Declining Semen Quality
been reported that human sperm counts have been falling around the world
and environmental chemicals are suspected as a cause.
Background: In 1992 a Danish team of investigators published a report
in which they examined all the scientific papers published between 1950
and 1992 containing data on semen quality. A decrease in the concentration
of sperm both the number of sperm in a man's ejaculate and the volume
of his ejaculate were decreased. This study has received considerable
attention and criticism by the scientific community but if nothing else
has lead to a flurry of studies from around the world, designed to examine
for changes in human semen quality.
Trends: The Danish team reported a global decline in semen quality
of approximately 2% per year over the preceding 50 years. Similar trends
have been reported in the UK and Paris as well as elsewhere.
Consistency of the data: A re-analysis of the data from the Danish
report has confirmed the original findings. However, in recent years
numerous papers have appeared in the scientific press varying results.
Some authors have reported a decrease in semen quality over time whereas
others have found no change or an increase in semen quality. A number
of these studies have shown that there are regional differences in semen
quality. For example, the semen quality in men residing in the Thames
Water Shed was lower compared to men living outside of the Thames Water
Shed. Regional differences in semen quality have also been described
in Canada and the United States. Interestingly, in some regions semen
quality has been found to be widely divergent from other geographic
areas although environmental contamination is similar. A further complication
in linking environmental contaminants with effects on semen quality
is the disconnection between lower sperm counts and decreased fertility.
For example, the time taken to achieve a pregnancy does not appear to
be increased in regions for which lower semen quality has been reported.
Experimental evidence: Animal studies using rodents have shown that
various industrial chemicals possess the capacity to alter semen quality.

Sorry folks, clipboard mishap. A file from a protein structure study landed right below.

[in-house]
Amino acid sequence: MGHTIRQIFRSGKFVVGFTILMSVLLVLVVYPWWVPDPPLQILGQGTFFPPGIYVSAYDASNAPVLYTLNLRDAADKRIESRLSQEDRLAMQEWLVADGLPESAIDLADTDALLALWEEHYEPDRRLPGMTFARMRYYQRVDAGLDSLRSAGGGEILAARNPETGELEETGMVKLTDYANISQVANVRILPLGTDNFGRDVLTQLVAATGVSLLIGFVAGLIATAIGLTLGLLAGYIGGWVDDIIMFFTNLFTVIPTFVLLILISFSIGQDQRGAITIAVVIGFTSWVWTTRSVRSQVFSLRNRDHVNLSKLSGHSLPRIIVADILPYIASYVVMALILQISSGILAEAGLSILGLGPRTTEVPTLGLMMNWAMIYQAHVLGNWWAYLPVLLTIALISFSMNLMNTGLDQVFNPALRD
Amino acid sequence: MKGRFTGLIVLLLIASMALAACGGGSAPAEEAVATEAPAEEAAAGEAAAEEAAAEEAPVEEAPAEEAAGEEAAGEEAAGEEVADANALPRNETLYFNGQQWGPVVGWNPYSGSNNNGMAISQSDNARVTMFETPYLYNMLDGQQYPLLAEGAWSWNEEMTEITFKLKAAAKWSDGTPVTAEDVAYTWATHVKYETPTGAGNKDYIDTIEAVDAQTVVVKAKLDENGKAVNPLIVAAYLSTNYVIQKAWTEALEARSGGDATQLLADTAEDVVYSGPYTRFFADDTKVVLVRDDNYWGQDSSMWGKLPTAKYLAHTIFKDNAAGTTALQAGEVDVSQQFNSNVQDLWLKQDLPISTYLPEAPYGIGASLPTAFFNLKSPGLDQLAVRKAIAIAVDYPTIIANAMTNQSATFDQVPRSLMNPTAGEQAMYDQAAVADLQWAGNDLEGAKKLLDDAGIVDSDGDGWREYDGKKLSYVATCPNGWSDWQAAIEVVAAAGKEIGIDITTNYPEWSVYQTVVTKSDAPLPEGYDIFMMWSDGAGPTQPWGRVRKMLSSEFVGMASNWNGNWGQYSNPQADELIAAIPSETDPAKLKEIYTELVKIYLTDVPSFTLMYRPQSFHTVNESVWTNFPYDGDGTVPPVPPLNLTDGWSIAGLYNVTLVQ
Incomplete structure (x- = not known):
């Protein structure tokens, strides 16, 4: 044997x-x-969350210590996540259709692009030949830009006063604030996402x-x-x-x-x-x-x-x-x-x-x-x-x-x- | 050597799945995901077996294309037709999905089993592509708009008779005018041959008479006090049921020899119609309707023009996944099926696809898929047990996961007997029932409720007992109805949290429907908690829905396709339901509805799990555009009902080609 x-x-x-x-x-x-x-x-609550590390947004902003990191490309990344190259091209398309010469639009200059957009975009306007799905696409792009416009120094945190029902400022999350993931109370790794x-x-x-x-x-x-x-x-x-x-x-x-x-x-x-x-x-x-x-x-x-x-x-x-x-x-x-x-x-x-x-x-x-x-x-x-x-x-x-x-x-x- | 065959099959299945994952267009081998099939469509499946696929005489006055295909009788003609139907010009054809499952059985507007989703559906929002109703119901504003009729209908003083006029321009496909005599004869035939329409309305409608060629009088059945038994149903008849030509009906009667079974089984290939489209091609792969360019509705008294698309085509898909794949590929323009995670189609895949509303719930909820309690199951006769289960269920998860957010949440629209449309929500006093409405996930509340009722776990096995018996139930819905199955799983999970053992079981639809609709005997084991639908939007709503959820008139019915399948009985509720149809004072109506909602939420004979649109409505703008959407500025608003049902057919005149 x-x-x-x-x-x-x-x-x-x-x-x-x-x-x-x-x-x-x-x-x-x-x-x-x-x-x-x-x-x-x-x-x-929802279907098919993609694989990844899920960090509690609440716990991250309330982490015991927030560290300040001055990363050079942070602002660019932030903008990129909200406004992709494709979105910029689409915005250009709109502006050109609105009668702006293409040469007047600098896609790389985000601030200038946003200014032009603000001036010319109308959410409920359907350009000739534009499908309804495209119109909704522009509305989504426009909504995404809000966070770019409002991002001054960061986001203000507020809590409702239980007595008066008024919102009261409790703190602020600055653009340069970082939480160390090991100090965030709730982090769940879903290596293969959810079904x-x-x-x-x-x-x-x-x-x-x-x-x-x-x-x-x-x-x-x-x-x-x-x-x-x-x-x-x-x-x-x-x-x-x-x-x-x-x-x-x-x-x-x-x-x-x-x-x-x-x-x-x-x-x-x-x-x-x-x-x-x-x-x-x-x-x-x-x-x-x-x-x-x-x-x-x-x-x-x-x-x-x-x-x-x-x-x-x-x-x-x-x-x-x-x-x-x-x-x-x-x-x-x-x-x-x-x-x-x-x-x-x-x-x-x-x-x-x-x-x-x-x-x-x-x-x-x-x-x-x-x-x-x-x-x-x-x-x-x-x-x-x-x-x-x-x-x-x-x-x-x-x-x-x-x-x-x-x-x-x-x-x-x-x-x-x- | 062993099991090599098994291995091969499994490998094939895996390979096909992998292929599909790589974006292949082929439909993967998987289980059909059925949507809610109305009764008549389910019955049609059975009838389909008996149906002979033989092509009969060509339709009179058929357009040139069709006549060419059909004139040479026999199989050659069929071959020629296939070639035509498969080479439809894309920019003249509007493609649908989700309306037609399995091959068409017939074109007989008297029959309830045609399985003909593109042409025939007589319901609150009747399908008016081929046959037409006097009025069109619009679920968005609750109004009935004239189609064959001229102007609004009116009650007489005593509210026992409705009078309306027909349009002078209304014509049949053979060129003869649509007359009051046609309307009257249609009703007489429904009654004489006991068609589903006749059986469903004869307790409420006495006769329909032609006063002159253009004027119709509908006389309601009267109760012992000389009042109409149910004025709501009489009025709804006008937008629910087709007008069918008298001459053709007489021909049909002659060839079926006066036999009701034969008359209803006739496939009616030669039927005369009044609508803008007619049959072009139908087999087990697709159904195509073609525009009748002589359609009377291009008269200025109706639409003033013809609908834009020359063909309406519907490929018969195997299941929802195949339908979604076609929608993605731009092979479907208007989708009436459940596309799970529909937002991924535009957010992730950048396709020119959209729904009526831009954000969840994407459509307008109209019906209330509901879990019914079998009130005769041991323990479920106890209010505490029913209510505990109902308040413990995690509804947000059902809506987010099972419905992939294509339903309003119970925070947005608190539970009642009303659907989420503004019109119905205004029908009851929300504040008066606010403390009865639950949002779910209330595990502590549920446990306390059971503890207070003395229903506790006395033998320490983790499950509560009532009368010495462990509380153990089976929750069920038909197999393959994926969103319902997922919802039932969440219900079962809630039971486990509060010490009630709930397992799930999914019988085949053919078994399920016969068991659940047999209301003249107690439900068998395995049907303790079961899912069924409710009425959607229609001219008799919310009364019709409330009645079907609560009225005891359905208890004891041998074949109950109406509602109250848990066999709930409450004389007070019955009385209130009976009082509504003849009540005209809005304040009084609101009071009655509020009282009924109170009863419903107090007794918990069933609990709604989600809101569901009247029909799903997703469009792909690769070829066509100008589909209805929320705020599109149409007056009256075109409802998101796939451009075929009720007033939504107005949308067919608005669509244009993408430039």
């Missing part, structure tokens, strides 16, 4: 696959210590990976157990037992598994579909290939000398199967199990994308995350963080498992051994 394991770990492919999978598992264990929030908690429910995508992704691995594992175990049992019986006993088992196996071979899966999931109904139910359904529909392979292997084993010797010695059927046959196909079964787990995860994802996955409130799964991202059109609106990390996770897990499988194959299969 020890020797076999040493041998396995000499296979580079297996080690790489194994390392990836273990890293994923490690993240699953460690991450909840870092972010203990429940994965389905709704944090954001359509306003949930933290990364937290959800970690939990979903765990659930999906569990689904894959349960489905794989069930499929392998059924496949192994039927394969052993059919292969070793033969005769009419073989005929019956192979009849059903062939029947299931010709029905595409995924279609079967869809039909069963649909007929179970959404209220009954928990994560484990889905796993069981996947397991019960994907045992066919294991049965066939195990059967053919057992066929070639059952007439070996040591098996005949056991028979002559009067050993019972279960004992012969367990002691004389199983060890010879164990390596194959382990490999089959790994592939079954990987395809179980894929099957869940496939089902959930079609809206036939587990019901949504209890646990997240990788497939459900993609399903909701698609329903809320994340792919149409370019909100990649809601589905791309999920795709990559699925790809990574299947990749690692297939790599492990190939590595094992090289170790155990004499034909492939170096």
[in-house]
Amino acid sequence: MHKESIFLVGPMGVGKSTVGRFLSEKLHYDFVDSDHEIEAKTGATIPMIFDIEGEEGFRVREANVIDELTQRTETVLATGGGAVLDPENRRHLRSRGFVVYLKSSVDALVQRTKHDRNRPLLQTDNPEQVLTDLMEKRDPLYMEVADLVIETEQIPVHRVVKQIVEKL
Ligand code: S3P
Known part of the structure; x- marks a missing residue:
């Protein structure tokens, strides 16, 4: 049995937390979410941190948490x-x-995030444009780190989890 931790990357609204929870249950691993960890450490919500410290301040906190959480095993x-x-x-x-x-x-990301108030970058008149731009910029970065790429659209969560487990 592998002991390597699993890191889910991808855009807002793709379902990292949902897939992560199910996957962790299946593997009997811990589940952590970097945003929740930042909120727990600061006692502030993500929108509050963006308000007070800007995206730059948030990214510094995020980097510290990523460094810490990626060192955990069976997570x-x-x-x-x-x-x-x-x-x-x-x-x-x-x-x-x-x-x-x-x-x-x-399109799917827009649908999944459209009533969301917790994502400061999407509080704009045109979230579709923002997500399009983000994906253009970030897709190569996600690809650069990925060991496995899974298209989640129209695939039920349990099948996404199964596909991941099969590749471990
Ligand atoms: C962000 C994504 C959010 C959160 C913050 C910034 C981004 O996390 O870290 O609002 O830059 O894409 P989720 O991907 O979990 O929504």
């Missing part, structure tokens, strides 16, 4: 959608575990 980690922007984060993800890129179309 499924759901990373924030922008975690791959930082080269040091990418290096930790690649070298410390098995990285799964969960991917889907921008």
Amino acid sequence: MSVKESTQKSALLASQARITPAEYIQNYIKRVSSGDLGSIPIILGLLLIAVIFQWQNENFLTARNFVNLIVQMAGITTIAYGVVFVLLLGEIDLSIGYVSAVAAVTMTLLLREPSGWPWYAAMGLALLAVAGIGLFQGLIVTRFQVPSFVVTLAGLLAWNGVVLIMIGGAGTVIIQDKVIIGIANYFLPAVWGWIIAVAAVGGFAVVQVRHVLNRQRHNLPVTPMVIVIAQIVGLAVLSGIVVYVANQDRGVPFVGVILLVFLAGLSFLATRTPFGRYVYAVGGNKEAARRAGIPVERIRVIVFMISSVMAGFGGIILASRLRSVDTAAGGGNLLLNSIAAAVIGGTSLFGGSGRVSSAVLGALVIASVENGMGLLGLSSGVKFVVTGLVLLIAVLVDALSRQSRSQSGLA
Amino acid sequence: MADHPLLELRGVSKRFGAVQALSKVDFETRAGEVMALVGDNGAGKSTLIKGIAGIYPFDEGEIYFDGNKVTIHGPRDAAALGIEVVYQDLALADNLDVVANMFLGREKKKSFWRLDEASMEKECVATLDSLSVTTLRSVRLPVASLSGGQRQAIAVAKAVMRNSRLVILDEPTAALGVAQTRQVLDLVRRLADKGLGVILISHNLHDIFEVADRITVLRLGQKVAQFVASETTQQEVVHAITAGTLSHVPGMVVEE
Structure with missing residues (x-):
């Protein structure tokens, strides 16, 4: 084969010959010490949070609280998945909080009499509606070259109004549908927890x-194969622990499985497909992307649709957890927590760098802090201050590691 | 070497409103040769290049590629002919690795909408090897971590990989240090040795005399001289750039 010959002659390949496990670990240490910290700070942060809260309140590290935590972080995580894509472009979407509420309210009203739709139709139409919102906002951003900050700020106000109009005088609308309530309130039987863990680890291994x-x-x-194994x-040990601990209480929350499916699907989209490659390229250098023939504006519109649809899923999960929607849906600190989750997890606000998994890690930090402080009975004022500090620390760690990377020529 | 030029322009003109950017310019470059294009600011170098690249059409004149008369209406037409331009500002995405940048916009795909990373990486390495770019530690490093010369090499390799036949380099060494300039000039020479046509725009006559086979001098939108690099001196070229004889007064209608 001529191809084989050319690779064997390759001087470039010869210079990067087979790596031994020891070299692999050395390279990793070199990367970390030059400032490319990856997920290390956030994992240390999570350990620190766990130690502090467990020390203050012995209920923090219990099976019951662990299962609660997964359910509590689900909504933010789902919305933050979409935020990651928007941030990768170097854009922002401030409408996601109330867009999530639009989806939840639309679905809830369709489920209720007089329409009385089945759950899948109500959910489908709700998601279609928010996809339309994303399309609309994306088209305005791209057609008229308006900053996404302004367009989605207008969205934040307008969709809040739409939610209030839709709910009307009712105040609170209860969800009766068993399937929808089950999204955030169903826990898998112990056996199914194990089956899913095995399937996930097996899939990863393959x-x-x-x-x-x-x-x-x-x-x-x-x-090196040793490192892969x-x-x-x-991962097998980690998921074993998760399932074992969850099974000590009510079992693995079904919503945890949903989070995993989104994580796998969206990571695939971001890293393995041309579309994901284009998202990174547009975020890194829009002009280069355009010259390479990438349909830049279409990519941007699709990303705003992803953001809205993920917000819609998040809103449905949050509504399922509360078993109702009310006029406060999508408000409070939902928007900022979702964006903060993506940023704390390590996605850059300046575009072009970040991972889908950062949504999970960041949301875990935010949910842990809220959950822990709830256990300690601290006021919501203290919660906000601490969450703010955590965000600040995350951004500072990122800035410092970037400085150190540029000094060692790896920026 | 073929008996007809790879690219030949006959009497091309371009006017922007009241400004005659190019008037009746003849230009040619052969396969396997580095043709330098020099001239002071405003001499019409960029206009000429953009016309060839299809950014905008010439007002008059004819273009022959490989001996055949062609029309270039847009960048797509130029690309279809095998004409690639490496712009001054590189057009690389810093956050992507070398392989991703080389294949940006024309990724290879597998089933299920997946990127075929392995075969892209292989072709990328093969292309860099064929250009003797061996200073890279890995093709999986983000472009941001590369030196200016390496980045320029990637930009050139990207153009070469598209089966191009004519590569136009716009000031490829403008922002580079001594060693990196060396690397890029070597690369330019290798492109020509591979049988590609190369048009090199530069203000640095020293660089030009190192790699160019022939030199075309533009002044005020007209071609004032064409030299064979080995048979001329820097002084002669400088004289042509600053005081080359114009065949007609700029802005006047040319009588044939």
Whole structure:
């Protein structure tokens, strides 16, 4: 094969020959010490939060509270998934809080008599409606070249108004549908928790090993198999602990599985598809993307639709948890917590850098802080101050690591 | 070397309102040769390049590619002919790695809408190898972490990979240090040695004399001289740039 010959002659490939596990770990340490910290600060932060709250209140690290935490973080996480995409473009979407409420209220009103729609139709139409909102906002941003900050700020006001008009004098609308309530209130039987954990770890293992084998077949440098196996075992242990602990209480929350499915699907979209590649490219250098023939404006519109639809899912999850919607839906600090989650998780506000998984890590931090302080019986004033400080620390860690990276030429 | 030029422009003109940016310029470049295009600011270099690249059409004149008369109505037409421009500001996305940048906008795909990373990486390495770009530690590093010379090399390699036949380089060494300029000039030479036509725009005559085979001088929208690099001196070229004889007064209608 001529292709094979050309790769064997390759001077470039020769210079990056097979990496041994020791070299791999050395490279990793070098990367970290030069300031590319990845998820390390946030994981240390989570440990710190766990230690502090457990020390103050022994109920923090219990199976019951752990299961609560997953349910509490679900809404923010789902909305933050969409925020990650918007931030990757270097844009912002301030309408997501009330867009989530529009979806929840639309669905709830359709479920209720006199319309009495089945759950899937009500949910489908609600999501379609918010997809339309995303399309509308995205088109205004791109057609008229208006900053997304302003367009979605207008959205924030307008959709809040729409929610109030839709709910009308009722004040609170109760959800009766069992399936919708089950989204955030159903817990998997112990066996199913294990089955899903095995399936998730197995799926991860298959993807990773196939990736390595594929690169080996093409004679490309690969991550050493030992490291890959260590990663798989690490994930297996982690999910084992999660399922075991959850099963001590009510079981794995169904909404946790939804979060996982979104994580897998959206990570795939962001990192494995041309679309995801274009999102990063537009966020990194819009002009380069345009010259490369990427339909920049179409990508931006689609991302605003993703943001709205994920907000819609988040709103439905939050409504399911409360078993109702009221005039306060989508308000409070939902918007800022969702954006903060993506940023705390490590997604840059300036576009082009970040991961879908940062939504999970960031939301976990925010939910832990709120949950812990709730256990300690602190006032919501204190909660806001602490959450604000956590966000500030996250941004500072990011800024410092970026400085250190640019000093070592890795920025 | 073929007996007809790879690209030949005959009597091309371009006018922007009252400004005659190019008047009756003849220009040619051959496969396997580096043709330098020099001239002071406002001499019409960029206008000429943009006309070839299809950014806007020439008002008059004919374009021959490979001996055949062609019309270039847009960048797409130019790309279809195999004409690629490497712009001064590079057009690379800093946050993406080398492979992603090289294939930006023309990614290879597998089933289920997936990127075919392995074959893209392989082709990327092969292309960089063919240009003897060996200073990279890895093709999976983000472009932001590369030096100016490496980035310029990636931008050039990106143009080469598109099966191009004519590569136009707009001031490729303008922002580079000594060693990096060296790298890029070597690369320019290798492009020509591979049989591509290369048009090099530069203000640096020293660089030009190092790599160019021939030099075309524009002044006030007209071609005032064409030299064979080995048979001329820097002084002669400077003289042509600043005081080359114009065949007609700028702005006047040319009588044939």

Biological plausibility: Exposure to various chemicals has been
shown to result in lower semen quality in men in certain occupational
settings where exposures are high. Indeed, exposure to the pesticide
Kepone and the nemotocide dibromochloropropane (DBCP) resulted in lower
sperm counts and in some men complete absence of sperm. In the DBCP
example the mechanism of altered sperm counts was found to be due to
contaminant induced destruction of the precursor germ cells. While these
data demonstrate that semen quality can be reduced by contaminant exposure,
and an endocrine target has been adversely affected, an endocrine mechanism
has not been shown. Reports of decreased semen quality have not measured
exposure and thus it is difficult to infer from these studies that the
outcome measured is in any way related to chemical contaminants. Furthermore,
while environmental chemicals may induce changes in semen quality the
mechanism has yet to be demonstrated.
Experimental animal studies have shown that chemicals such as methoxychlor,
PCBs among others reduce epididymal sperm counts and daily sperm concentration
in dosed animals. However, again an endocrine mechanism has not been
demonstrated. Two reports have been published and provide an overview
of the biological plausibility of an endocrine mechanism that requires
Numerous other factors in addition to potential effects of environmental
contaminant are known to affect semen quality. For example, an association
between lower semen quality and prescription medications, cigarette
smoking, age, heat, and solvent exposure has been documented.
Conclusion: The weight of the evidence supports a conclusion that
man-made chemicals can induce changes in human semen quality. However,
it has not been shown that such is occurring in the general population
or that an endocrine mechanism is involved.